I’m a jazz buff with a special affection for big bands. Every two or three weeks I jump on iTunes and look at the new releases, hoping to find a new album or some classic reissue to add to my music library. This week an album by the London Gay Big band caught my eye. The London GAY Big Band.
I couldn’t help wondering why I, as a consumer, needed to be told that the band has all gay members. Is the producer thinking that I will be more likely to buy the album because of the sexual orientation of the musicians? (If so, he/she is mistaken.) Is the producer thinking that I will be impressed that gay people can play musical instruments? (If so, I’m not. I’ve always known they could.) Do the proceeds of the album go to help support gay causes? I have no idea, but I couldn’t help thinking that calling it a gay big band seemed somewhat demeaning to gays.
You see, if I were a gay musician, I wouldn’t want you to buy my music because I am gay. I’d want you to buy it because you like it…because it’s good music. If I thought I needed to tell you my sexual preference to get you to buy my music, wouldn’t I be admitting that my music isn’t good enough to hold its own in the wider, non-activist world where sexual preference isn’t used as a marketing ploy?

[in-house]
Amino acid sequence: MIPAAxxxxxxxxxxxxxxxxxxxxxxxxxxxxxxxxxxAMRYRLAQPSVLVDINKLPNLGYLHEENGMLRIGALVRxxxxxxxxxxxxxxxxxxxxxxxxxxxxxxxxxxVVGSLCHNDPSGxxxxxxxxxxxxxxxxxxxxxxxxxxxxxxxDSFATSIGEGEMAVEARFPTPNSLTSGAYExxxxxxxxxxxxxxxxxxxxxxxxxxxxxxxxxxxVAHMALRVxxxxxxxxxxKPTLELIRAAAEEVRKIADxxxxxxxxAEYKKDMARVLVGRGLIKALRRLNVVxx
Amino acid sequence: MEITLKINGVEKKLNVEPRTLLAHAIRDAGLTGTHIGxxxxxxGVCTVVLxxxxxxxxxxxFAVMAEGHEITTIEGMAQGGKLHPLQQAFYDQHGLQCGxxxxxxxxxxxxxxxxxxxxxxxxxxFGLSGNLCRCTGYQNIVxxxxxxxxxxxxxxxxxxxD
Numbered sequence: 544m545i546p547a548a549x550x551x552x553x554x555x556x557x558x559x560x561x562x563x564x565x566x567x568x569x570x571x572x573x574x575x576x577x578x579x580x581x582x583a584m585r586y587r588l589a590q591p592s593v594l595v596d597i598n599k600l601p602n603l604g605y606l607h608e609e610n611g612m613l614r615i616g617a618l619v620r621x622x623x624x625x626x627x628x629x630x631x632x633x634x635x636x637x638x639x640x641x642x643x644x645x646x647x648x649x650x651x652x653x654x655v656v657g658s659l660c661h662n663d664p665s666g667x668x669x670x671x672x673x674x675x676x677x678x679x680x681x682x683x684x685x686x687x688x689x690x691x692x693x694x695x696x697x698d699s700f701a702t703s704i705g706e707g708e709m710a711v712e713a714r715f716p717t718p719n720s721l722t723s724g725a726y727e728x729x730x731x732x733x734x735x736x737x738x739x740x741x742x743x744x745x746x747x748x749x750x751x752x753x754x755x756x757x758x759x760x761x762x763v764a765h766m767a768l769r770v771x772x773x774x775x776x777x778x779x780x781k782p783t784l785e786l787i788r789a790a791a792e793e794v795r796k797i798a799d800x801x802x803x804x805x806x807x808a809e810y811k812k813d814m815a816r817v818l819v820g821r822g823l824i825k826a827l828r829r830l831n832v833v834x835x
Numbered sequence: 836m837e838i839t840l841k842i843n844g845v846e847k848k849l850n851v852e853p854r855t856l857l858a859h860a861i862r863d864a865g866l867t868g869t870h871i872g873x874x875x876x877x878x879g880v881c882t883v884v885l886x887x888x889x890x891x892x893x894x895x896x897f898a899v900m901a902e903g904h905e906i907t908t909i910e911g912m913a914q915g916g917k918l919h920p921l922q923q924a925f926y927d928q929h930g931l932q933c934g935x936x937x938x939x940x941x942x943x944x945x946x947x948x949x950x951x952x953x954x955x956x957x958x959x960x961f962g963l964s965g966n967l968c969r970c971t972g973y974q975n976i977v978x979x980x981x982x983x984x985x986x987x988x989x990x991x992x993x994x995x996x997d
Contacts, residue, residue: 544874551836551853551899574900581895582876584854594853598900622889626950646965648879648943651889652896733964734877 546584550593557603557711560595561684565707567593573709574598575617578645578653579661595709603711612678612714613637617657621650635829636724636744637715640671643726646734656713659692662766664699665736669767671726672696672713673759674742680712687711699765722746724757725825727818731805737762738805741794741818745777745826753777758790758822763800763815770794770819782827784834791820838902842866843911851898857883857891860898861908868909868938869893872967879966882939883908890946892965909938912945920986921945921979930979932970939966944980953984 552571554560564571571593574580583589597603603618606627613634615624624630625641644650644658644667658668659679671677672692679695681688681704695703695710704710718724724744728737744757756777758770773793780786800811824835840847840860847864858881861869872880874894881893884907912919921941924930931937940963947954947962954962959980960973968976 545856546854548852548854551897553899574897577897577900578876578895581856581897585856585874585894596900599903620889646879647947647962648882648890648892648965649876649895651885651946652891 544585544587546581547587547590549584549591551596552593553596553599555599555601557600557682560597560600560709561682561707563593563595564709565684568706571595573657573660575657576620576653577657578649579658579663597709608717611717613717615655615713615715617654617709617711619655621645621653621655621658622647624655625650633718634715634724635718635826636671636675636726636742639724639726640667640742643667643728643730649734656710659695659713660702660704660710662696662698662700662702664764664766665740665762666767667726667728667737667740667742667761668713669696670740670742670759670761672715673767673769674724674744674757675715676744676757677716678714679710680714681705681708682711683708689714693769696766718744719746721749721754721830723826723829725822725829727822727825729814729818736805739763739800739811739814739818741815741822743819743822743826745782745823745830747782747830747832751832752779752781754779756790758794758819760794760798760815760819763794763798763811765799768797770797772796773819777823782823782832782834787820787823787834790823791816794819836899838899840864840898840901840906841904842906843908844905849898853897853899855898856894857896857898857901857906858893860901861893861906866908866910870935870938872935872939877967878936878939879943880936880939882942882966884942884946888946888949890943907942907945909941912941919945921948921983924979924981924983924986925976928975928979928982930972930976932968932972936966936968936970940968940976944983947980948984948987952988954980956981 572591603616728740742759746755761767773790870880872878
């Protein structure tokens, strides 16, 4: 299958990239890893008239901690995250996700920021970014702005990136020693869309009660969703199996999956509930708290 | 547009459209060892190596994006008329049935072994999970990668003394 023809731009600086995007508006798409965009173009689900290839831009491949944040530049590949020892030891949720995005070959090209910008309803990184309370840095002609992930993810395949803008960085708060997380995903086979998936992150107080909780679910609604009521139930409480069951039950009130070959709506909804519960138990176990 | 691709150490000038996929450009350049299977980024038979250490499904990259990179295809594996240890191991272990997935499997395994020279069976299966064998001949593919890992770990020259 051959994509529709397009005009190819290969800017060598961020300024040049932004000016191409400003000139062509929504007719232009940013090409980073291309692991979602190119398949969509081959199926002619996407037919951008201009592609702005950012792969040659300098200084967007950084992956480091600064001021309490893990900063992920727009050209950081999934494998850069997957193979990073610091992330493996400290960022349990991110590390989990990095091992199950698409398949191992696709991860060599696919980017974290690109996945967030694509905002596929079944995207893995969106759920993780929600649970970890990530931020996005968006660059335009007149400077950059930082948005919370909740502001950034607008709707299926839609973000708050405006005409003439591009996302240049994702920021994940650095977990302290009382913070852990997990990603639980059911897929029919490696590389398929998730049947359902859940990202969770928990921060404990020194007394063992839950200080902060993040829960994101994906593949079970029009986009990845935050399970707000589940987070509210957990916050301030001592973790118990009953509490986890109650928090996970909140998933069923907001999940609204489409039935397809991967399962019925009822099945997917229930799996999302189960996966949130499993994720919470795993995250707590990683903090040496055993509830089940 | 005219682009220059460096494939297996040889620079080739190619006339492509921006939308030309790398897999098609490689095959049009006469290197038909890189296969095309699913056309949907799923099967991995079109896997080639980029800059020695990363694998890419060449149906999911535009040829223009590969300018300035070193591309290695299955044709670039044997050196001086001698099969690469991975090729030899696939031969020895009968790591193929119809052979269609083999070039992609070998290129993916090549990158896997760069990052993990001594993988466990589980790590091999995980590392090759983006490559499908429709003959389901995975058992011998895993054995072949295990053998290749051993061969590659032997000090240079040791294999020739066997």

Take Michael Feinstein, for example. He is a gay man who makes music I love. I’ve seen him in person and have many of his albums. His jazzy, show-tunish, great American songbook style really appeals to me. Never has he billed himself as “Michael Feinstein, the gay singer.” He doesn’t need to. His talent transcends any such considerations and appeals to people of every sexual preference.
Personally, when listening to music, I never even think about whether the drummer or the piccolo player or the third clarinet player might be gay. It doesn’t matter to me. Not even a little bit. I always thought that’s what the gay community wanted. Now, I’m not so sure.
Just about the time I think I have this stuff figured out, I find out I don’t. Perhaps that’s what being an “alien and exile” (1 Peter 2:11) is all about. This world never really quite makes sense.